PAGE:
Pro-Israel Democrat’s Parting Words to Party: ‘You Can Be Progressive and Still Understand U.S. Is a Force for Good’

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Rep. Eliot Engel during the impeachment inquiry led by the House Intelligence, House Foreign Affairs and House Oversight and Reform Committees in Washington, October 17, 2019.
Rep. Eliot Engel during the impeachment inquiry led by the House Intelligence, House Foreign Affairs and House Oversight and Reform Committees in Washington, October 17, 2019. Credit: ERIN SCOTT/REUTERS

WASHINGTON – Rep. Eliot Engel, the pro-Israel congressman defeated in his primary by a more progressive opponent earlier this year, urged the Democratic Party Wednesday to avoid further drift from an interventionist, neoliberal foreign policy.

In an exit interview with the Washington Post, the outgoing New York representative, who has served in Congress since 1989, said: “You can be progressive and still understand that the United States is a force for good.”

Engel acknowledged to the Post that the U.S. made mistakes during other interventions over the past several decades, including Syria, saying that “we don’t always get it right, but we try to. And when we have the ability to save lives, we ought to use that ability.”

Engel specifically cited the testimony of a Syrian military defector in 2014 as a catalyst for his desire to protect Syrian civilians victimized by President Bashar Assad’s regime, saying pictures presented as evidence “were like the Holocaust.”

“If we want to effectuate change in the world, if there are things we want to see in the world, if we are going to be the world leader, there are responsibilities that come with that,” Engel told the Post. “We are the leaders, and we should act like it.”

Engel was defeated by Jamaal Bowman – a 44-year-old political newcomer supported by progressive groups such as Justice Democrats – in the June primary to represent New York’s 16th congressional district. His constituents ranged from low-income minorities in the Bronx to more affluent residents in areas such as Riverdale and New Rochelle, also home to large Jewish communities.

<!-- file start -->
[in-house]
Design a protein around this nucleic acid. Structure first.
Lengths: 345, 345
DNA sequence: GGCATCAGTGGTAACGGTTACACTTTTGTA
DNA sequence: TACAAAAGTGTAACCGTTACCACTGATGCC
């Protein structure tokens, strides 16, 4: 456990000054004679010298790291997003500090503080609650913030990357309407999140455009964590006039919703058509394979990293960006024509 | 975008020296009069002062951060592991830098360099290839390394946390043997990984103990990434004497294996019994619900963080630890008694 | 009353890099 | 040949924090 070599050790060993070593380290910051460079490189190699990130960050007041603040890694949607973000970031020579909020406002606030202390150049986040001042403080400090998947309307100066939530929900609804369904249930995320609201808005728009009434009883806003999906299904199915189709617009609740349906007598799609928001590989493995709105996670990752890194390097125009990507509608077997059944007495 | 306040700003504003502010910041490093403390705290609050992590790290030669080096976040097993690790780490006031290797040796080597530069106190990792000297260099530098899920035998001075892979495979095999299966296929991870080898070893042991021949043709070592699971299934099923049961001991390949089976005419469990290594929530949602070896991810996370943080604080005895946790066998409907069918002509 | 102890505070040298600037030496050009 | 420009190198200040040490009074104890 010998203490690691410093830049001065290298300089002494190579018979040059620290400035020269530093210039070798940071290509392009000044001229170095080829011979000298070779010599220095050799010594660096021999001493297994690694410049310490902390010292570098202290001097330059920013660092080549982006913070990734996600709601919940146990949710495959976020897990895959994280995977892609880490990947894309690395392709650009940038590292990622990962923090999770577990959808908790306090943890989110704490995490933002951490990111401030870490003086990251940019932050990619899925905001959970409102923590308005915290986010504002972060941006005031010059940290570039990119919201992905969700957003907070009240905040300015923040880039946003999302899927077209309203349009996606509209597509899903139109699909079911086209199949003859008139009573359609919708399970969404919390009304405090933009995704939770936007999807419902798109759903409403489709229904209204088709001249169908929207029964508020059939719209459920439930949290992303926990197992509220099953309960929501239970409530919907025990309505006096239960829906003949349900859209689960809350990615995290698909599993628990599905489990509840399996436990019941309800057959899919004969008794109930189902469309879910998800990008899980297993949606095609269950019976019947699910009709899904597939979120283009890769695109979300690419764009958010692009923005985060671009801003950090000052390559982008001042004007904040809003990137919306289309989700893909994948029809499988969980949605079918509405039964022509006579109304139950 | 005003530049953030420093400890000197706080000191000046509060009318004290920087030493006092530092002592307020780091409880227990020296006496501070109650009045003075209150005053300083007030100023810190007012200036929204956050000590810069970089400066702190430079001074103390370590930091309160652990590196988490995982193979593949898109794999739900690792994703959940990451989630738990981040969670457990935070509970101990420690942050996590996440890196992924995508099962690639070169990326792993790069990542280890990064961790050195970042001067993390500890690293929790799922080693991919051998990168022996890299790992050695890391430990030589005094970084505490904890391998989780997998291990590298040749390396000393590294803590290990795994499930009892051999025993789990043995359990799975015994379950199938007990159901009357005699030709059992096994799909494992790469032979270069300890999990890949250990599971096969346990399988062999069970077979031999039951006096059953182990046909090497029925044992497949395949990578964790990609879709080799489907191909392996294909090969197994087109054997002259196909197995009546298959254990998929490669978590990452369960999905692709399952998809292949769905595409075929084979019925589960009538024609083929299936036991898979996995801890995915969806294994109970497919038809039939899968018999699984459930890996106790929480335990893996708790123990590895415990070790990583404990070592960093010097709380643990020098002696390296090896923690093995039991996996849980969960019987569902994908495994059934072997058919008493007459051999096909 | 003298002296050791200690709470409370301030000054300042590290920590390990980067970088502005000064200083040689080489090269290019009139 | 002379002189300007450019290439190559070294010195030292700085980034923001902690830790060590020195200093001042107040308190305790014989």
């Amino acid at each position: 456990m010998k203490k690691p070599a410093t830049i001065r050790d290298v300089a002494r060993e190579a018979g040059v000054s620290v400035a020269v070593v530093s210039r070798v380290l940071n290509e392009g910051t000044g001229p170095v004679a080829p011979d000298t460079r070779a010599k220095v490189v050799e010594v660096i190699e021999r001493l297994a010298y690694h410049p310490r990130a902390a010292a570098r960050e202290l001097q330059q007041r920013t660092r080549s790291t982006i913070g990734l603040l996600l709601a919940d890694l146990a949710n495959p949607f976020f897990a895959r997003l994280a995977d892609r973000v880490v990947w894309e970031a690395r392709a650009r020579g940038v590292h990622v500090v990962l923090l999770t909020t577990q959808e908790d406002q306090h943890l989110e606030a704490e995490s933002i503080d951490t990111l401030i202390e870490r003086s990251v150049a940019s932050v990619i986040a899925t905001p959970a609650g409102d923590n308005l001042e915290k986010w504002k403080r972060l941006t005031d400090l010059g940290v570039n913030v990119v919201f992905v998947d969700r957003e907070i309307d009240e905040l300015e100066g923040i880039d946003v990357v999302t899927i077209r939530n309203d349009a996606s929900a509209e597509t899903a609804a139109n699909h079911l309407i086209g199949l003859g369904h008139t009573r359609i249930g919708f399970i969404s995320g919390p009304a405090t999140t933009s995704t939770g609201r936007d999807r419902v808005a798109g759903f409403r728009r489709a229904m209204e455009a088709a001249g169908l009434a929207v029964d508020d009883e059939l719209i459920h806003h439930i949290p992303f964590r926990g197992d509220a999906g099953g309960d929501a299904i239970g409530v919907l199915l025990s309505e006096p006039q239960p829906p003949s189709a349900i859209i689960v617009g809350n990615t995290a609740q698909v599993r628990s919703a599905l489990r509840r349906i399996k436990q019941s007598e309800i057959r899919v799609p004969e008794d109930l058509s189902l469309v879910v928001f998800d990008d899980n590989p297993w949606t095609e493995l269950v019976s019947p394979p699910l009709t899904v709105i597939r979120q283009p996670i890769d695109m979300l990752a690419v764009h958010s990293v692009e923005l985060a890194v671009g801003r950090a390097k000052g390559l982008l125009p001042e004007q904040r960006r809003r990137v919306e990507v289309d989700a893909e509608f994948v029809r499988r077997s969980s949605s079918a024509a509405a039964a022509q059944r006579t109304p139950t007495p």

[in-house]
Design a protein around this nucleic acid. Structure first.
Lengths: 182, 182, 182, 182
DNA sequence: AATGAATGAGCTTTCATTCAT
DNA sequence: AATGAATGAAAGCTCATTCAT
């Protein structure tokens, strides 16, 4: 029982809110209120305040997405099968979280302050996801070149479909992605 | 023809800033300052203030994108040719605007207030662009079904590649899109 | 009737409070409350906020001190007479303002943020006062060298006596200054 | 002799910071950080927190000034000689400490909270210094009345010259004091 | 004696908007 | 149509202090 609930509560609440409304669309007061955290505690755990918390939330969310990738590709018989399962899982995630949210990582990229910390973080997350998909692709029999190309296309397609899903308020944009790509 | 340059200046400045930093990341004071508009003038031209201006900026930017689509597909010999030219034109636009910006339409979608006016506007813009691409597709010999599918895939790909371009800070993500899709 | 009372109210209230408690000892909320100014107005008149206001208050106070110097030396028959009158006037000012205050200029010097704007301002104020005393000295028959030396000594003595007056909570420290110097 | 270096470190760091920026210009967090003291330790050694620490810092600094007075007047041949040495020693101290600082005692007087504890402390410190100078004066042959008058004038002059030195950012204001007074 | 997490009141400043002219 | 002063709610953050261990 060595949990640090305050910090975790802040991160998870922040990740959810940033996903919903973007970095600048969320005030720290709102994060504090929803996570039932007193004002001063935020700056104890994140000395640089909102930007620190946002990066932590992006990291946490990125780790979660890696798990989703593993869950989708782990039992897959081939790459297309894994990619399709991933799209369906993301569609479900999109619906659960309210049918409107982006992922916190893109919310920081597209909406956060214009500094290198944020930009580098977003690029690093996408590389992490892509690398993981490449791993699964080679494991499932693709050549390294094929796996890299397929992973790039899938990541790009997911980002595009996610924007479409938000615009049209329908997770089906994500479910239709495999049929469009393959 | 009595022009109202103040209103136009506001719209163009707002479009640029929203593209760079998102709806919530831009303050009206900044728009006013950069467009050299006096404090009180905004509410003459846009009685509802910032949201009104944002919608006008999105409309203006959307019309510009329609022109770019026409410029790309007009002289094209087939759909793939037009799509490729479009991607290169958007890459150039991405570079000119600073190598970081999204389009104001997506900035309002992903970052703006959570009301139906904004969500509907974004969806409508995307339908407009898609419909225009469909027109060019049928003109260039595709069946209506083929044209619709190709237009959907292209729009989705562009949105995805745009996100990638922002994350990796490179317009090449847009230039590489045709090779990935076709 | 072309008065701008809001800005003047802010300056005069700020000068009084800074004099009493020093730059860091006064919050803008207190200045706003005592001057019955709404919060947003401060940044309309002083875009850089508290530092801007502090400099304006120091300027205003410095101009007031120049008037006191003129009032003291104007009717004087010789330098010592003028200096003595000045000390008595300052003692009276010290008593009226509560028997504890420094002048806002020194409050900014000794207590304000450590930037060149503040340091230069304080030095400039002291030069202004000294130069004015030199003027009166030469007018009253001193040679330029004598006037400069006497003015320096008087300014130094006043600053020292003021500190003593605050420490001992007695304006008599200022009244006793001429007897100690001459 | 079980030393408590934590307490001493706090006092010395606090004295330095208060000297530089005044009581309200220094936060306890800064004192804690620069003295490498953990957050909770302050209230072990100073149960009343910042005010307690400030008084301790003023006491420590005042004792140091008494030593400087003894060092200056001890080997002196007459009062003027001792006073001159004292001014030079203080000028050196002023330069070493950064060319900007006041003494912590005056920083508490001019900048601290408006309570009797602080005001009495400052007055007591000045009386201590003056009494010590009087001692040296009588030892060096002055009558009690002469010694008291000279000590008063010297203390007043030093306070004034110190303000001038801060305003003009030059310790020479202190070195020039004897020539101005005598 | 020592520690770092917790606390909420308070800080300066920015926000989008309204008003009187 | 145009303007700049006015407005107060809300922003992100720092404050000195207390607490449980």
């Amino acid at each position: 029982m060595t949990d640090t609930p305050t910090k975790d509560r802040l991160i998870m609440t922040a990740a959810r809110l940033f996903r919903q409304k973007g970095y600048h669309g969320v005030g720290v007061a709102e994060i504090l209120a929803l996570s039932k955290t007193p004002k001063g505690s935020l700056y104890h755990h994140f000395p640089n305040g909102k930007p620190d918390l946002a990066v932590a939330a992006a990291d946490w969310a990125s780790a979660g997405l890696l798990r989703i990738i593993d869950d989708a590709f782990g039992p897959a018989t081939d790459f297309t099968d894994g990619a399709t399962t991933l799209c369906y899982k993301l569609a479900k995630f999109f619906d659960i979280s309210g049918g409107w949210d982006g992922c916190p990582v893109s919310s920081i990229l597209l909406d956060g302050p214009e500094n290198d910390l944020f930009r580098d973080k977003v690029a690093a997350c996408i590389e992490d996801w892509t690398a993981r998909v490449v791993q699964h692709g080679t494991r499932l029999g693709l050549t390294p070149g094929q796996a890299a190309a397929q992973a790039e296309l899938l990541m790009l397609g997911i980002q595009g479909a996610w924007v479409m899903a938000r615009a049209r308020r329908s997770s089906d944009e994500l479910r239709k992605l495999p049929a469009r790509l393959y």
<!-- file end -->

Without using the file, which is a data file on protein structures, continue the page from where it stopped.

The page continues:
The defeat of Engel, who served as chair of the House Foreign Affairs Committee and was a leading pro-Israel voice in Congress, was a heavy blow for the American Israel Public Affairs Committee, the most influential lobby group supporting Israel in the United States. AIPAC’s policies were largely in lockstep with Engel’s record, including his vote against the 2015 Iran nuclear deal and his vocal criticism of the Obama administration’s failure to veto a UN Security Council resolution in December 2016 denouncing Israeli settlements.

A Democratic foreign policy adviser told Haaretz shortly before Engel’s defeat that Bowman and Engel’s different approaches on the Israeli-Palestinian issue highlight how the Democratic Party is evolving on this front.

“Engel represents a very old school and outdated approach of what it means to support Israel – basically supporting anything the Israeli government wants to do at any given time, no matter what,” the adviser said. “There is a growing constituency in the Democratic Party that doesn’t accept this approach anymore.”

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